Manama: Qatar's interior ministry has reiterated its policy of zero-tolerance towards anyone sheltering absconding workers or employing them.
"We implement the law that stipulates that a person who gives shelter to absconding workers or employs him or her is liable for imprisonment and payment of a sum ranging from QR20,000 ($5,490) to QR100,000 ($27,450) as fine," Nasser Eisa Al Sayed, head of investigation and follow-up, said.
"If an absconding domestic helper on a personal sponsorship is arrested or surrenders voluntarily within 30 days from the date of the filing of the first information report (FIR) by the sponsor, the sponsor has to pay for the air ticket to deport the person to his or her native country. But if the person is arrested after 30 days, the case is referred to the public prosecutor for legal procedures," he said, quoted by Qatari daily Gulf Times.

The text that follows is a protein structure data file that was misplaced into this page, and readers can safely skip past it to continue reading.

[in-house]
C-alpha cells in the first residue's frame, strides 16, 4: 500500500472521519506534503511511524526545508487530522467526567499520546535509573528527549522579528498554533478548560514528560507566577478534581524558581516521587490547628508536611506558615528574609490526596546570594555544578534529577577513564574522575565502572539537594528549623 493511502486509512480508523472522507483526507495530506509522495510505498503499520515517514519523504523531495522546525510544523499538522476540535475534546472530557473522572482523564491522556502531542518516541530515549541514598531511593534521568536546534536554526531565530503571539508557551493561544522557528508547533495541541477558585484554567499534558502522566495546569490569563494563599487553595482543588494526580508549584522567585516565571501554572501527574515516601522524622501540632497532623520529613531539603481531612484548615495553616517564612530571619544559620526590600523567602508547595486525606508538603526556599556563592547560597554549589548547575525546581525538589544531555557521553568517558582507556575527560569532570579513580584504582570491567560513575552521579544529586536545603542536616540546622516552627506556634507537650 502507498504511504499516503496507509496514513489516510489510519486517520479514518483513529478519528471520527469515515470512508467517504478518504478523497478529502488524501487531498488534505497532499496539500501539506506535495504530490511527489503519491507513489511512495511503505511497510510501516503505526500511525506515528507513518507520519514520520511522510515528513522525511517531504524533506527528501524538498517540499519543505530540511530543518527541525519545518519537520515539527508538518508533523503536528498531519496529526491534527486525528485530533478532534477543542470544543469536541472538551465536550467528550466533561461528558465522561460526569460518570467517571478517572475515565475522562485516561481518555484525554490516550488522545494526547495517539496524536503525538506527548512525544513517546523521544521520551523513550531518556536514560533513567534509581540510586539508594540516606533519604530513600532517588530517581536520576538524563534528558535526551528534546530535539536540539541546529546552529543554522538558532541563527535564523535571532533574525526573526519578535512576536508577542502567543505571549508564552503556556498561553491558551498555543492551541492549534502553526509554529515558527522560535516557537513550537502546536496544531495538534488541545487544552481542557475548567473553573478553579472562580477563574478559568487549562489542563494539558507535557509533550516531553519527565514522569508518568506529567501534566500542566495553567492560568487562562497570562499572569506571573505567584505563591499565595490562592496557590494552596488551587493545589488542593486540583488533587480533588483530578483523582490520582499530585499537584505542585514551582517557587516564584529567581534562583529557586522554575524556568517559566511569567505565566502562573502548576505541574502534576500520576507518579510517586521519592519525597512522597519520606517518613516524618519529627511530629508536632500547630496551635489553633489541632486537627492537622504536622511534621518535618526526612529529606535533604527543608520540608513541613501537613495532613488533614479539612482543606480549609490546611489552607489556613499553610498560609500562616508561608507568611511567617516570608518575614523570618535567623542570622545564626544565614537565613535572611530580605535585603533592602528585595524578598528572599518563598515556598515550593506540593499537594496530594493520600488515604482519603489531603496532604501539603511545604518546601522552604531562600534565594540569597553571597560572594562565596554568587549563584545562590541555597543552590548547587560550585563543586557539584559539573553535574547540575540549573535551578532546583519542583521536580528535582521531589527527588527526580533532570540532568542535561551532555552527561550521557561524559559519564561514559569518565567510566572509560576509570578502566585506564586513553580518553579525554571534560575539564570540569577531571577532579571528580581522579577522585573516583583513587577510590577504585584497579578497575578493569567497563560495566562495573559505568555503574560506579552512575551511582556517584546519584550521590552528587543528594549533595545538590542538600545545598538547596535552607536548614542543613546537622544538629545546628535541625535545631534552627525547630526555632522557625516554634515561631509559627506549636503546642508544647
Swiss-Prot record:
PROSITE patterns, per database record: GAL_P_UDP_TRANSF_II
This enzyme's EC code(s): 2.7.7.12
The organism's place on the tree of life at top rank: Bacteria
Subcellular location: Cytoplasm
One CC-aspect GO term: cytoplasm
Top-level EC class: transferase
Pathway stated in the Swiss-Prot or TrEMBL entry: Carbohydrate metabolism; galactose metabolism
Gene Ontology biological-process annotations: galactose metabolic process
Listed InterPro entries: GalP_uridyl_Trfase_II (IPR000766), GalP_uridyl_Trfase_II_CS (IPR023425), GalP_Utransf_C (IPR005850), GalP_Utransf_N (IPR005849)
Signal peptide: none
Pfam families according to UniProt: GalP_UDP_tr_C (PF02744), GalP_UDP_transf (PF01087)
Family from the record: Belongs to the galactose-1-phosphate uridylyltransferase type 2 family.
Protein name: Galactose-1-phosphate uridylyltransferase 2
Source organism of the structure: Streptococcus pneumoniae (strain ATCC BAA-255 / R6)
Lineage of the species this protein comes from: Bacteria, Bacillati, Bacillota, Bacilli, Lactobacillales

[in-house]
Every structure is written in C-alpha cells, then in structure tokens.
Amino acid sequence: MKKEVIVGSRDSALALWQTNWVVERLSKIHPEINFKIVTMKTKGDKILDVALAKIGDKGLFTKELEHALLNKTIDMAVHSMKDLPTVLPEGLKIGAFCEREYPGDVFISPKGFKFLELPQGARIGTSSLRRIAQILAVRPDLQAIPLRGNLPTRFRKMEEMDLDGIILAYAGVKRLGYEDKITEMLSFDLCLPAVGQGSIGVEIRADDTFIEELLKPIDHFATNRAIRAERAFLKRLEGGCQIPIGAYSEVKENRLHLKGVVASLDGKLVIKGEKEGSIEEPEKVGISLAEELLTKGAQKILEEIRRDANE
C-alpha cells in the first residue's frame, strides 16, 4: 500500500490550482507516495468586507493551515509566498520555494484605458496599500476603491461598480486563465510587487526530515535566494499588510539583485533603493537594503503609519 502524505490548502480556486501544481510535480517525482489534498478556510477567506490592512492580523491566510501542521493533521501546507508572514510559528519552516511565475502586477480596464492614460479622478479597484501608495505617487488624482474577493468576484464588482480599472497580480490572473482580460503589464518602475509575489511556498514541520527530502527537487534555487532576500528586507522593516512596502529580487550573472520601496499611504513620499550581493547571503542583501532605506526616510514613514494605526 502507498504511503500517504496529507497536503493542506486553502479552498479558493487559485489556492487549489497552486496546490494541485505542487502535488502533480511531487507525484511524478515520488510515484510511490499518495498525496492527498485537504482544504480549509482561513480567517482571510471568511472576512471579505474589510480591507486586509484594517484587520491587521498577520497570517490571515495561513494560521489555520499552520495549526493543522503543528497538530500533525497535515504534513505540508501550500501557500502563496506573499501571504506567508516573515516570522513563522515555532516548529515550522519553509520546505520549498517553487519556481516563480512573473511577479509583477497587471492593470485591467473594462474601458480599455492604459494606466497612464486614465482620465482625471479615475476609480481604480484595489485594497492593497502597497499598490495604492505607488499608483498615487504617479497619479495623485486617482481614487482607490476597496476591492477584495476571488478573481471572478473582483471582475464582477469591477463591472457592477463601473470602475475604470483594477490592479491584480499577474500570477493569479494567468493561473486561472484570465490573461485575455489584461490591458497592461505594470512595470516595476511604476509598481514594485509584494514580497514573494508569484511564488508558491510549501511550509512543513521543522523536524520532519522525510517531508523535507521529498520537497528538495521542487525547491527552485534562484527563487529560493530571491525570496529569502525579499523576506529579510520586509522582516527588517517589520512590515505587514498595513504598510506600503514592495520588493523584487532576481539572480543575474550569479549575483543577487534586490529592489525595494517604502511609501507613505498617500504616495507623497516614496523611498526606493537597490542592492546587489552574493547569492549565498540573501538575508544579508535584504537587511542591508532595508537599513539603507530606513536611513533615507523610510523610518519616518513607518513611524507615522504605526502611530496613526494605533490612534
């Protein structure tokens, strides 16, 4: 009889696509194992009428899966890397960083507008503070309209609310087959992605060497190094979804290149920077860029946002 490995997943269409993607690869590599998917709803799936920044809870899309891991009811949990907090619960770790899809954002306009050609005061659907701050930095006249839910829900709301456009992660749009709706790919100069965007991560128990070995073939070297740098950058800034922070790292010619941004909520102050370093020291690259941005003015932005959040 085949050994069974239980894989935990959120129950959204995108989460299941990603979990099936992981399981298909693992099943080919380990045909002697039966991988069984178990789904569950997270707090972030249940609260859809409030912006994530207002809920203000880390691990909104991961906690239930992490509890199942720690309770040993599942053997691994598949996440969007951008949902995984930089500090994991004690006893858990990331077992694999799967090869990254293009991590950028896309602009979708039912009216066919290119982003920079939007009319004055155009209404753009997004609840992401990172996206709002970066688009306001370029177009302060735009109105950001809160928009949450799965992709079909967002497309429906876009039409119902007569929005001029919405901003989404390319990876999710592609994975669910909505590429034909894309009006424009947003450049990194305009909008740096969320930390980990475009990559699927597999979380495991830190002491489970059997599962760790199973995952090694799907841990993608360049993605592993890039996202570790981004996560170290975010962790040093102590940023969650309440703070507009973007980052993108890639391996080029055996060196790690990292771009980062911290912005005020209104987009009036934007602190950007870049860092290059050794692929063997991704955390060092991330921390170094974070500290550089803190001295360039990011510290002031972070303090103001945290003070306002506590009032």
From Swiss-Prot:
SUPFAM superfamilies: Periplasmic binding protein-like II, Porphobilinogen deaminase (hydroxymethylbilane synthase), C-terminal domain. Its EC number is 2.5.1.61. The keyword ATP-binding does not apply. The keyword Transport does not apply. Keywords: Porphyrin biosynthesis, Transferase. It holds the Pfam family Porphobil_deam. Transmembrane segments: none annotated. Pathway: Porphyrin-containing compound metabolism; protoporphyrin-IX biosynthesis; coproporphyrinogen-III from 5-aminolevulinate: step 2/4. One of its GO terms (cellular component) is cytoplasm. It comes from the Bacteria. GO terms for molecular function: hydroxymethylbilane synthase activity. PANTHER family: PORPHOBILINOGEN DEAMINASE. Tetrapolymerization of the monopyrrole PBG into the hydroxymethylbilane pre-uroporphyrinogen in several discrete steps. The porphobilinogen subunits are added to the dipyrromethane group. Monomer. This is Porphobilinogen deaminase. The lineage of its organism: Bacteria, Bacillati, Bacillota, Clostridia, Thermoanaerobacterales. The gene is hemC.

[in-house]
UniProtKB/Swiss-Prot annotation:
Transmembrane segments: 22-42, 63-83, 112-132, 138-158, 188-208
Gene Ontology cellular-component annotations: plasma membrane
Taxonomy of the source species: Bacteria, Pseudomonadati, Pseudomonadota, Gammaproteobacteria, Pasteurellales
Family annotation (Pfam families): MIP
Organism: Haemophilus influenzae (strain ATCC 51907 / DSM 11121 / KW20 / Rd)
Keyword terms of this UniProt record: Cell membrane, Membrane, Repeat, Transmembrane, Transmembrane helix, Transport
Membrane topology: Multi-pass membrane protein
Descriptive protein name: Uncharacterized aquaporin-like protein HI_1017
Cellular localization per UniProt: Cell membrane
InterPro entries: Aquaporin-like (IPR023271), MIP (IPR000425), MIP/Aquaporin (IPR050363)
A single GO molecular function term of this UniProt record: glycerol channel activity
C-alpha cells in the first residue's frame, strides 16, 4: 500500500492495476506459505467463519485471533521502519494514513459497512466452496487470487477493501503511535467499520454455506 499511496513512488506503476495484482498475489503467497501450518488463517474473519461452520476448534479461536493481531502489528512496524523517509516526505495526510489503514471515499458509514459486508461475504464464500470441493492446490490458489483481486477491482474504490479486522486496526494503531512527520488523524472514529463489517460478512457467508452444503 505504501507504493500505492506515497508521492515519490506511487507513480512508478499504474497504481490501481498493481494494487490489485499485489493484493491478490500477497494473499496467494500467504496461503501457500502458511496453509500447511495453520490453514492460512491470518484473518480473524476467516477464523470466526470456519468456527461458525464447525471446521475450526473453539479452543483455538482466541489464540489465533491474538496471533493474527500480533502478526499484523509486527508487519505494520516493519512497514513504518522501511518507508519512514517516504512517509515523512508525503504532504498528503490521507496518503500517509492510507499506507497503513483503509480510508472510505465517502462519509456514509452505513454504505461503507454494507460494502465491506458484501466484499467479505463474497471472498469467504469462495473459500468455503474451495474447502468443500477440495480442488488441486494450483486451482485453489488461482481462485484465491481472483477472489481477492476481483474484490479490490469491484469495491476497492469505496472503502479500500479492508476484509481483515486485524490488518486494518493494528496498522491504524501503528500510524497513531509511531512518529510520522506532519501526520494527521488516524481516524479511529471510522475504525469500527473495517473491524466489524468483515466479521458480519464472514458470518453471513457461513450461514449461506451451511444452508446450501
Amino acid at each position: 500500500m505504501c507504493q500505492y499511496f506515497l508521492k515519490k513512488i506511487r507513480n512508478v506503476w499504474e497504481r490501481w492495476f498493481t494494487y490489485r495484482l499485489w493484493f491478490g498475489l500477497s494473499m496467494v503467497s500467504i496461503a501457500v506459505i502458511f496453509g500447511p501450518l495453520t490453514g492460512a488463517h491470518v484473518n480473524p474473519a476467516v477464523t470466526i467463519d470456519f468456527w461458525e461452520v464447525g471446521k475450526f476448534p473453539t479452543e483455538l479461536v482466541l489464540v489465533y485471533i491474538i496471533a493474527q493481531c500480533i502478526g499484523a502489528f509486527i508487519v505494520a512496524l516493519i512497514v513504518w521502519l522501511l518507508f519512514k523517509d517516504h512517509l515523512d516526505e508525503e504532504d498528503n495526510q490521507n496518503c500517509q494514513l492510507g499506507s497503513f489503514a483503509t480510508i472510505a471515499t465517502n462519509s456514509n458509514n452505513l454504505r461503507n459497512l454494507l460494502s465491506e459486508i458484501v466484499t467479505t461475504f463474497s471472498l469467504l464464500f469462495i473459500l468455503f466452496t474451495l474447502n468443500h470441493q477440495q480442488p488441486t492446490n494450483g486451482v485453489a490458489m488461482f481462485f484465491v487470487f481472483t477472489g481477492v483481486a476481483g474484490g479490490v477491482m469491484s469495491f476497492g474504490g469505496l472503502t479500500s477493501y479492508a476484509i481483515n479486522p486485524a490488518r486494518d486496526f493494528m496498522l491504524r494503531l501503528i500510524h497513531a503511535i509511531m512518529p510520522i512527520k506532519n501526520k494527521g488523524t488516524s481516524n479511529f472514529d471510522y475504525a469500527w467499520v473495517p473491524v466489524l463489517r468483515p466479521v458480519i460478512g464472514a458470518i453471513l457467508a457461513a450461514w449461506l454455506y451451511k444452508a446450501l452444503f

Al Sayed was among ministry officials participating in a Ramadan tents held to interact with the public on daily problems that included absconding workers, traffic congestion, reckless driving.
Reacting to a question on whether it was permissible to recruit more than one domestic helper, Mohammad Ahmad Al Ateeq, the assistant director of immigration and passports, said that visas were normally issued for only one domestic helper and two car drivers.
"These visas are issued after ascertaining the ability of the sponsor to keep these helpers and pay their wages regularly," he said.
Under the sponsorship system, Qatar, like most Gulf Cooperation Council (GCC) countries, foreigners need local sponsors to take up work, switch jobs or live in the country.
Several unskilled labourers or domestic helpers tend to run away from their employers when they feel they are ill-treated, overloaded with tasks or abused. Several employers claim that the workers or helpers abscond to look for more lucrative positions.